Former B.C. Liberal MLA Darryl Plecas is escorted from the legislative chamber by Clerk of the House Craig James (left) after his surprise election as speaker, Sept. 8, 2017. James and Sergeant-at-Arms Gary Lenz were suddenly suspended from their duties last week. (Chad Hipolito/The Canadian Press/Pool)

Former B.C. Liberal MLA Darryl Plecas is escorted from the legislative chamber by Clerk of the House Craig James (left) after his surprise election as speaker, Sept. 8, 2017. James and Sergeant-at-Arms Gary Lenz were suddenly suspended from their duties last week. (Chad Hipolito/The Canadian Press/Pool)

B.C. VIEWS: Speaker Darryl Plecas demonstrates his character again

B.C. legislature speaker’s latest self-serving move is incredible

It almost seems there’s something about putting on the three-cornered hat of Speaker of the B.C. Legislature that causes overheating of the brain underneath.

B.C. Liberal MLA Linda Reid embarked on a spending spree that included renovations and security upgrades to her Richmond constituency office as well as extravagant remodelling of the legislature she found herself ruling over with near-absolute authority.

Before Reid, Penticton MLA Bill Barisoff kept a tight leash on the press gallery and a veil over legislature finances, ruling with an imperial disdain not usually seen in trucking company owners. At least I’d buy a used truck from Barisoff, which is more than I can say for the current occupant of the ornate old speaker’s office, Abbotsford South MLA Darryl Plecas.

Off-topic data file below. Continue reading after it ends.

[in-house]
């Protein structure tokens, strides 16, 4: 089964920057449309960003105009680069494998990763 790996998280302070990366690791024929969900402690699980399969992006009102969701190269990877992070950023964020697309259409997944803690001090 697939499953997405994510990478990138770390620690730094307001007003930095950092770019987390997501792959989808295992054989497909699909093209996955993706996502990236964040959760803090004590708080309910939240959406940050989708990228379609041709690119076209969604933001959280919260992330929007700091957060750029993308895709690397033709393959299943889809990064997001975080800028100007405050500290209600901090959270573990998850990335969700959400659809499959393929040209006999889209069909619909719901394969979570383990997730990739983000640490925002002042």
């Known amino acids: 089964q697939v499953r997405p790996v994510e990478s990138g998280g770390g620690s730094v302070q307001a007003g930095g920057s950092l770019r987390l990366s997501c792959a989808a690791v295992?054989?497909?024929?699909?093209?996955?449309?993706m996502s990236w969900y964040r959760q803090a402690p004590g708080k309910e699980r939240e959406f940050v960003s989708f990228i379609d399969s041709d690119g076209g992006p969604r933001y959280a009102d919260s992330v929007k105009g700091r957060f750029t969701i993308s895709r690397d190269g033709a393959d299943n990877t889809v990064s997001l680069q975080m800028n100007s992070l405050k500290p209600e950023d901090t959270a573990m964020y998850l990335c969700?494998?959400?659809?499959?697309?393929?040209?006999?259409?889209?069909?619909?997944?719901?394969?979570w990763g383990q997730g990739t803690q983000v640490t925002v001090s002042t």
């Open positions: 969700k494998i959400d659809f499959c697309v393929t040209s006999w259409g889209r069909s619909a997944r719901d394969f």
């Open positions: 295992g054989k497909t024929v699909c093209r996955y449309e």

We now know that Plecas hired his buddy and campaign worker as a political adviser, a job never before seen in the speaker’s office, and that buddy spent months conducting some sort of amateur gumshoe investigation that burst into the media with the unnecessary public humiliation of two long-serving senior administrators.

Then Plecas tried to get his buddy into the suddenly vacant job of sergeant-at-arms, apparently oblivious to the fact that a long-time deputy with military experience was ready to step into the sensitive job of legislature security chief.

Last year Plecas played a key role in toppling the B.C. Liberals, by seizing the speaker’s job after repeatedly stating he would never do such an unethical, self-serving thing to the voters who elected him. He plotted with the NDP for weeks, as they jockeyed for the key extra vote a defection from the B.C. Liberals would give them.

It’s safe to say the B.C. Liberals don’t like Plecas. He betrayed them for his own personal benefit, after riding their reliable party brand to get re-elected in Abbotsford. New Democrats despise their former colleague Gordon Wilson for similar reasons, although Plecas’s actions were much more sudden and damaging than Wilson’s wandering from party to party over the years.